The ABC’s of Empowerment Self-Defense
Self-defense is more than just how hard you can hit. It is the full spectrum of tools that you can use to protect yourself every single day. We utilize skills from self-defense in our decision-making processes, such as when we communicate with people, when we drive or do activities, and more! Self-defense is really so expansive that we thought we would give you a better idea of what to expect when you take a self-defense class with IMPACT by breaking it down for you ABC-style.
The Letter J: Judgment
“Intuitions are not to be ignored. They represent data processed too fast for the conscious mind to comprehend.” - Sherlock Holmes
When we talk about the ABCD’s, we ask the question what’s going on in the potentially dangerous situation and break it down into three parts. What’s going on with me? What’s going on around me? And what’s going on with the potential assailant? When we ask these questions, we are trying to be judgment free. For example, if we see a person stumbling, rather than saying that person’s drunk, we say the person is stumbling. There are lots of reasons why a person might be stumbling. Yes, intoxication may be one of those reasons, but the person could have a head or leg injury; they might have a disability. So we list behaviors without judging the behavior, until we get more information.
This step of listing judgment-free behaviors can also help you figure out the difference between bias and intuitive cues. If someone had a traumatic experience with a person wearing suspenders, they might have a trauma response when they see another person in suspenders. So, when they ask themselves what’s going on and list the behaviors that they see, it might help them realize that the person is just wearing suspenders and not doing anything suspicious. Or they’ll see the red flag behaviors this person may be putting off.
We can’t always control our trauma responses. This step might come after you leave the potentially dangerous situation (hopefully without having to fight!!!) and you think back on what happened. The more questions we ask ourselves before and after situations, the more clarity we can have on our internalized bias and the more experience we’ll have pointing out red flag behaviors that are judgment free.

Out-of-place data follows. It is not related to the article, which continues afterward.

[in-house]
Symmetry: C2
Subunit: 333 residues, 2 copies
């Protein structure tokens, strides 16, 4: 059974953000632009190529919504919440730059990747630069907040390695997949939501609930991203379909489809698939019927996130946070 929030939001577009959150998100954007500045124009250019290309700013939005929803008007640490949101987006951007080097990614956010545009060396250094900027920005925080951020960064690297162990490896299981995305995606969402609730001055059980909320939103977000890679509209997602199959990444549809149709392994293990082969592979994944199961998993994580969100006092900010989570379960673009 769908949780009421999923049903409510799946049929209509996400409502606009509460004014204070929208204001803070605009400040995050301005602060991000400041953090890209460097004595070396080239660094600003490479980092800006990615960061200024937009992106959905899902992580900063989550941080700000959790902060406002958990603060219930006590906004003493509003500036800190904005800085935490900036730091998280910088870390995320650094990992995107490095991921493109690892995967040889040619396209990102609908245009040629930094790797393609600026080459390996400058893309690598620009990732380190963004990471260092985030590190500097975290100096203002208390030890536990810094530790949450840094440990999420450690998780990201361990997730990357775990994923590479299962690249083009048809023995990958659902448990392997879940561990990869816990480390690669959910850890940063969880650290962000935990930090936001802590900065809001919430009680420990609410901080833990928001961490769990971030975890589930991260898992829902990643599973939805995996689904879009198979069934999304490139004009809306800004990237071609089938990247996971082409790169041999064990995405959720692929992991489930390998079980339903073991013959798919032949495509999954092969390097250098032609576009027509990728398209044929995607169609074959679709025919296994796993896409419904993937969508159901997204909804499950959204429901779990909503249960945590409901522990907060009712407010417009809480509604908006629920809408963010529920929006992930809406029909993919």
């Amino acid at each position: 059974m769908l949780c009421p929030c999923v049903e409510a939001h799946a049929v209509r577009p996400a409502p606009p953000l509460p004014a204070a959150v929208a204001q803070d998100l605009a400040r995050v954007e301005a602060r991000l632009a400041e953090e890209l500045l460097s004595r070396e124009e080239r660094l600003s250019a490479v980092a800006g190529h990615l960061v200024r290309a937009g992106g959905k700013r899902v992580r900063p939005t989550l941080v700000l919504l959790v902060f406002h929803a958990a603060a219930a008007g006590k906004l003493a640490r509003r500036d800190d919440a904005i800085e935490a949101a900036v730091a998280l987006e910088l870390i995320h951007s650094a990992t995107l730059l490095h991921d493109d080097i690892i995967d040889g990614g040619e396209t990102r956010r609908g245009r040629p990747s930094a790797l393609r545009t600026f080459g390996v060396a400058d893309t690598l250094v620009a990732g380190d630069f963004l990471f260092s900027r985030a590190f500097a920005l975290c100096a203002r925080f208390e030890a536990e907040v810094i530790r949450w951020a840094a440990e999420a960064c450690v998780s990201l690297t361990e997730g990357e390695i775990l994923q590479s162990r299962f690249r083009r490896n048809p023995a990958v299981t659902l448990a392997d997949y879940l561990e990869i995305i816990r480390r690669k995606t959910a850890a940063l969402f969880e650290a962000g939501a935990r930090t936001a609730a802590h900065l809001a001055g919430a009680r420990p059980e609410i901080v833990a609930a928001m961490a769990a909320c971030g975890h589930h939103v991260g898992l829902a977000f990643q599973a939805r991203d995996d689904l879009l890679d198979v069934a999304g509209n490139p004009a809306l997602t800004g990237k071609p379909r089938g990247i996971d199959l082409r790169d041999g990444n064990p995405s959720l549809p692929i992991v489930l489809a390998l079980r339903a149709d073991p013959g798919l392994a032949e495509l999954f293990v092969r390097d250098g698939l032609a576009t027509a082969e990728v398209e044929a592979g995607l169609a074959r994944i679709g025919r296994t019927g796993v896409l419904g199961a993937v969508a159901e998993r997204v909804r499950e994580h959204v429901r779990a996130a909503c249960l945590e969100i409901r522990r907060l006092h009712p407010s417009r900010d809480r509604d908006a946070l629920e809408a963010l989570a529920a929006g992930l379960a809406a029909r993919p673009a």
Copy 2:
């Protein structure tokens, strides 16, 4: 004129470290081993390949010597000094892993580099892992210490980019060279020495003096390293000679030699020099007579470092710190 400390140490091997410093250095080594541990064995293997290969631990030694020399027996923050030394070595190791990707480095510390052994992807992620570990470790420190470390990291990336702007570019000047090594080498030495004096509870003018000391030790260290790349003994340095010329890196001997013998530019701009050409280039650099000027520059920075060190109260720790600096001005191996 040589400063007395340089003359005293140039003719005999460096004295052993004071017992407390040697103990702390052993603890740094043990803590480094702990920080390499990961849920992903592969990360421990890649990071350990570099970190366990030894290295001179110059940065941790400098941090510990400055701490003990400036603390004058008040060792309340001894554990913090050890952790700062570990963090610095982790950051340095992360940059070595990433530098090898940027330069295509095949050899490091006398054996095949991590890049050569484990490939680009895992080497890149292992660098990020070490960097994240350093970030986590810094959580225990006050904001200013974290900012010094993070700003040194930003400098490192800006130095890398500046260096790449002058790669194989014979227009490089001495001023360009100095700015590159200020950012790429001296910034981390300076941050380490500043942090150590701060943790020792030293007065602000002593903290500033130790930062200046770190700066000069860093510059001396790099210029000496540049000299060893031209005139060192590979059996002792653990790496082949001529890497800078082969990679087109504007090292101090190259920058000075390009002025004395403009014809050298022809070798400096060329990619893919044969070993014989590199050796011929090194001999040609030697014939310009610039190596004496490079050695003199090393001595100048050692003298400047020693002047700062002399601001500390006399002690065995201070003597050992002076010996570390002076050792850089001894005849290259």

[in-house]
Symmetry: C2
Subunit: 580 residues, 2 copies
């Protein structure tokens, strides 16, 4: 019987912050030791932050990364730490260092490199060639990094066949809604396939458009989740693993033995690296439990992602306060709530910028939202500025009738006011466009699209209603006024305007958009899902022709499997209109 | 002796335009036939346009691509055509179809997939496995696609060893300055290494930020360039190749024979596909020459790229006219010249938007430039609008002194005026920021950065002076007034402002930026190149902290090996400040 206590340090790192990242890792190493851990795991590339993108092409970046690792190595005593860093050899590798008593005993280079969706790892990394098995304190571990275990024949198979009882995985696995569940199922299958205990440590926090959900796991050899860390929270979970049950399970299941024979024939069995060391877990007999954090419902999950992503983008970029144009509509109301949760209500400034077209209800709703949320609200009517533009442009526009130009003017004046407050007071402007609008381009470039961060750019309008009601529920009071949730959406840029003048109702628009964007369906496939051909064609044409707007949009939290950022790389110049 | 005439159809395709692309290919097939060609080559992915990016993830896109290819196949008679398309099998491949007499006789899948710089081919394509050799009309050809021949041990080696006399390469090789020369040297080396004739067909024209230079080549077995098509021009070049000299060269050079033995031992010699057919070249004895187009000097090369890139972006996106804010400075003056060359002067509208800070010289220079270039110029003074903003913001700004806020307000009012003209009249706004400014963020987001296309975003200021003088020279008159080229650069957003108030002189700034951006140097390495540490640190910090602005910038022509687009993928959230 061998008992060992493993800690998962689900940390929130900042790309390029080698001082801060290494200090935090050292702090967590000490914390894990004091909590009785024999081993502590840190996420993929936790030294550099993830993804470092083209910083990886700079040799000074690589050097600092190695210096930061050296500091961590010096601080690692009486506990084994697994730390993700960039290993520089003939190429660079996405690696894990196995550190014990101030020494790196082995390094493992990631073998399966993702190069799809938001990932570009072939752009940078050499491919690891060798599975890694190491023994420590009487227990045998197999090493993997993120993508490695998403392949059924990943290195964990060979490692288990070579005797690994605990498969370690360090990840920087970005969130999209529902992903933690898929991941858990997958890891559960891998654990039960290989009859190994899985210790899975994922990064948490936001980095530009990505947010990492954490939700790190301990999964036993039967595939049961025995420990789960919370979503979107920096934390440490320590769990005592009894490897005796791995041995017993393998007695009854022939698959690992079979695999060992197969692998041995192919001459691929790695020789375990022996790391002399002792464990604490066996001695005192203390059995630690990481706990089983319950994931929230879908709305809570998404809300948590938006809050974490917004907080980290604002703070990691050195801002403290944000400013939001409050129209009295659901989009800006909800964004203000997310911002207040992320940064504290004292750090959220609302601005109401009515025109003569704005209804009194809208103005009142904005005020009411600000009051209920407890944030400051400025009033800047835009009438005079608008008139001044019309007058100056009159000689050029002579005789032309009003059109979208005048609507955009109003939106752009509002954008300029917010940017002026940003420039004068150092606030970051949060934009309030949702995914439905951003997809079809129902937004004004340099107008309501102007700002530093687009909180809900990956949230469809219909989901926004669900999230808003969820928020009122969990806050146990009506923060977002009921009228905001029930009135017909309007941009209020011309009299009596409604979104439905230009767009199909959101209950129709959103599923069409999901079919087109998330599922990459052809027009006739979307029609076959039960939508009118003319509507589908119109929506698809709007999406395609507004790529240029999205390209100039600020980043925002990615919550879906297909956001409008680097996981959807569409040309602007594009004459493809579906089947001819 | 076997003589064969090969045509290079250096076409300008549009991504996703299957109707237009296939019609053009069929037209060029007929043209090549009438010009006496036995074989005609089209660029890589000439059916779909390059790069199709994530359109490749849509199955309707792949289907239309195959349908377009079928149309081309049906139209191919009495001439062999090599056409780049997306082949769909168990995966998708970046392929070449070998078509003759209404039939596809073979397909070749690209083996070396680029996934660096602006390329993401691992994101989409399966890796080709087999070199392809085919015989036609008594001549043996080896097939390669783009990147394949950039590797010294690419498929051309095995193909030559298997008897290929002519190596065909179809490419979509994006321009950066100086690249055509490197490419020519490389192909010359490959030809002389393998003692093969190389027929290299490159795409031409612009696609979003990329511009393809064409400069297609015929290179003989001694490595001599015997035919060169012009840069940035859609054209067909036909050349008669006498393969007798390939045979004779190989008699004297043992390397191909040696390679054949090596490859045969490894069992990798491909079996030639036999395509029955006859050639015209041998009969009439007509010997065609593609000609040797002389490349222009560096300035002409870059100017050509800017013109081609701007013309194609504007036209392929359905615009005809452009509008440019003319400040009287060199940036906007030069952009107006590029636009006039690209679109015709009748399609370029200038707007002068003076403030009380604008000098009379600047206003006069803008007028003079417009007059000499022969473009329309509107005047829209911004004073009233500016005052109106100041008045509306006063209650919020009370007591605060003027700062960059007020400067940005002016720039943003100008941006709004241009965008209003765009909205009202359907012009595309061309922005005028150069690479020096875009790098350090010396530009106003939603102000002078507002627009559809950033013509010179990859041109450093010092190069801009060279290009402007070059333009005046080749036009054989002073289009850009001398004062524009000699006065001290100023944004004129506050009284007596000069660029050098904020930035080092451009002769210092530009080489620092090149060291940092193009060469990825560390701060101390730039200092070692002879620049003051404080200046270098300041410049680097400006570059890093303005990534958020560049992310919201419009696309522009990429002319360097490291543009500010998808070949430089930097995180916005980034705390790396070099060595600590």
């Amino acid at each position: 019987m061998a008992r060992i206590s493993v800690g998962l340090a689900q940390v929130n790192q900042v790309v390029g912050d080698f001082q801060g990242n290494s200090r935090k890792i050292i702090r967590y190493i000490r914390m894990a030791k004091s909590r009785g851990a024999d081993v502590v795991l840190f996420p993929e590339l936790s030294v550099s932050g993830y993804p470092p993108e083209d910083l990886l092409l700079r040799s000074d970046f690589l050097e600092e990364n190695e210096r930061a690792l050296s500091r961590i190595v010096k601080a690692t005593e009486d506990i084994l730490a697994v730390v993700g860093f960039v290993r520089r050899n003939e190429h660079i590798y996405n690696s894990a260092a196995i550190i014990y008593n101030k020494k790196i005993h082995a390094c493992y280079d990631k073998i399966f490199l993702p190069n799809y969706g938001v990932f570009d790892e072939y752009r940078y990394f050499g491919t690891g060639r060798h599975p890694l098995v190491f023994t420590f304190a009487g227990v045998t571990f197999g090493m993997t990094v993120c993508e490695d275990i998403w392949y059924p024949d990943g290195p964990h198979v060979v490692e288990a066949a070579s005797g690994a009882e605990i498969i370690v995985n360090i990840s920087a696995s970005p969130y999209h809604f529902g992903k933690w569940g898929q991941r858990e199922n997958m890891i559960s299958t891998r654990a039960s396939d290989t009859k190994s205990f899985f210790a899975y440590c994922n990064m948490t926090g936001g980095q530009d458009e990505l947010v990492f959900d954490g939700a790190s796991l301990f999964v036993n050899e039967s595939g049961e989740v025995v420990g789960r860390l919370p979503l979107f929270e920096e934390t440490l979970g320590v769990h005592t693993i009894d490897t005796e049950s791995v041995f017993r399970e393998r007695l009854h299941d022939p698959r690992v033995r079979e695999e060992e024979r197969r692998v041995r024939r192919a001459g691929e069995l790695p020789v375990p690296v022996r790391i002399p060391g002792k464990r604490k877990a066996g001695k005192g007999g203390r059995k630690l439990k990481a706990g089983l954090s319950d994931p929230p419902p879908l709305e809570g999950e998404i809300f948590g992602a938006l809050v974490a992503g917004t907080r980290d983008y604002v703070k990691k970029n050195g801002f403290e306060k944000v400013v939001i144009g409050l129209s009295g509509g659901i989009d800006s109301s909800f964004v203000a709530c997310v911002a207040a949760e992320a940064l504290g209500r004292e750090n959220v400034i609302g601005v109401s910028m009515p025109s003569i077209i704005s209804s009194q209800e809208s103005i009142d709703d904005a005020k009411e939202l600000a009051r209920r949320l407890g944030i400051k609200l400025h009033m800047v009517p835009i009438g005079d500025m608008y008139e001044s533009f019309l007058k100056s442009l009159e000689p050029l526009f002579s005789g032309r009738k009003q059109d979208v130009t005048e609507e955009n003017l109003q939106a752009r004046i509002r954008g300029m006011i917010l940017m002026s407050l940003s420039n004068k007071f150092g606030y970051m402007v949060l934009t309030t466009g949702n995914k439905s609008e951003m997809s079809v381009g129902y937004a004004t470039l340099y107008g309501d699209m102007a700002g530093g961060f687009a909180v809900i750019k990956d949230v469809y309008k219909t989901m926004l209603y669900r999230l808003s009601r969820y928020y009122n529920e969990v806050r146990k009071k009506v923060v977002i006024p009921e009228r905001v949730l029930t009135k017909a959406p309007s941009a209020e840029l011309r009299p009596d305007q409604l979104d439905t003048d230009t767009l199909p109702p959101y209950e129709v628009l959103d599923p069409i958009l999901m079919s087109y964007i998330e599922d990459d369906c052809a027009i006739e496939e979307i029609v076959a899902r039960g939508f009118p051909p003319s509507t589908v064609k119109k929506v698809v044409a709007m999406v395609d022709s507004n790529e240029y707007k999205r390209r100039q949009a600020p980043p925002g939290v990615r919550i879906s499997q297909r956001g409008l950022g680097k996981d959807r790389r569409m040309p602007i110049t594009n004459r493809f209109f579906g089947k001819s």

So what are some ways we can differentiate between intuitive cues and bias?
Intuitive Cues only last as long as the stimulus is present.
Our intuitive cues will pass if we take action or the stimulus stops. Therefore, if you worry before and/or after a situation, you are likely experiencing Bias. For instance, if Alex worries all the time, even when her kids are home in bed, that they will be abused at school, this is likely bias. However, if she feels uneasy when she sees a certain teacher at school drop off, she can test for Intuition by talking to that teacher about her child’s knowledge about body-safety or not dropping her kid off that day. If she feels relieved after taking action, it was likely Intuition.
Intuitive Cues are stimulated by circumstances IN THE PRESENT.
Bias and trauma responses come from experiences in the past. We may be “Triggered” by seeing a person dressed similarly to a past assailant. Asking, “What’s going on NOW” may help us to differentiate. (ex: Yes, there is a man in a trench coat, however is not my ex-partner)
Intuition rarely supplies evidence to support itself.
Intuition does not take the time to defend its assessment. Instead, it sends physical cues to us and expects us to take action without question. For instance, if Dan’s house is on fire, his intuition may know that it is on fire because his olfactory sense picked up the subtle smell of smoke and his thermoreception (Thermoreception is the sense by which an organism perceives temperatures. The details of how temperature receptors work are still being investigated.) perceived a change in room temperature. However, Intuition will not pause to break all of that down to his consciousness. Instead, it will just supply him with an urgent physical need to get up and get out of his house. It may only be upon later reflection that he recalls that he smelled smoke or felt hot. Bias, on the other hand, would supply Dan with lots of reasons why he should worry about his house being on fire (“Do I smell smoke? Are the batteries working in the fire alarm? Did I leave the oven on?”).
Intuition is uniquely our own.
Bias is a social construct. Is this my thought? Does this thought sound like something my mother would say?
Our work is not specifically aimed at dispelling bias, however, doing the work of identifying and moving past our biases will help us to avoid danger and address it more effectively, experience fewer unnecessary limitations about where we “can” go, and be able to connect more meaningfully and authentically with other people.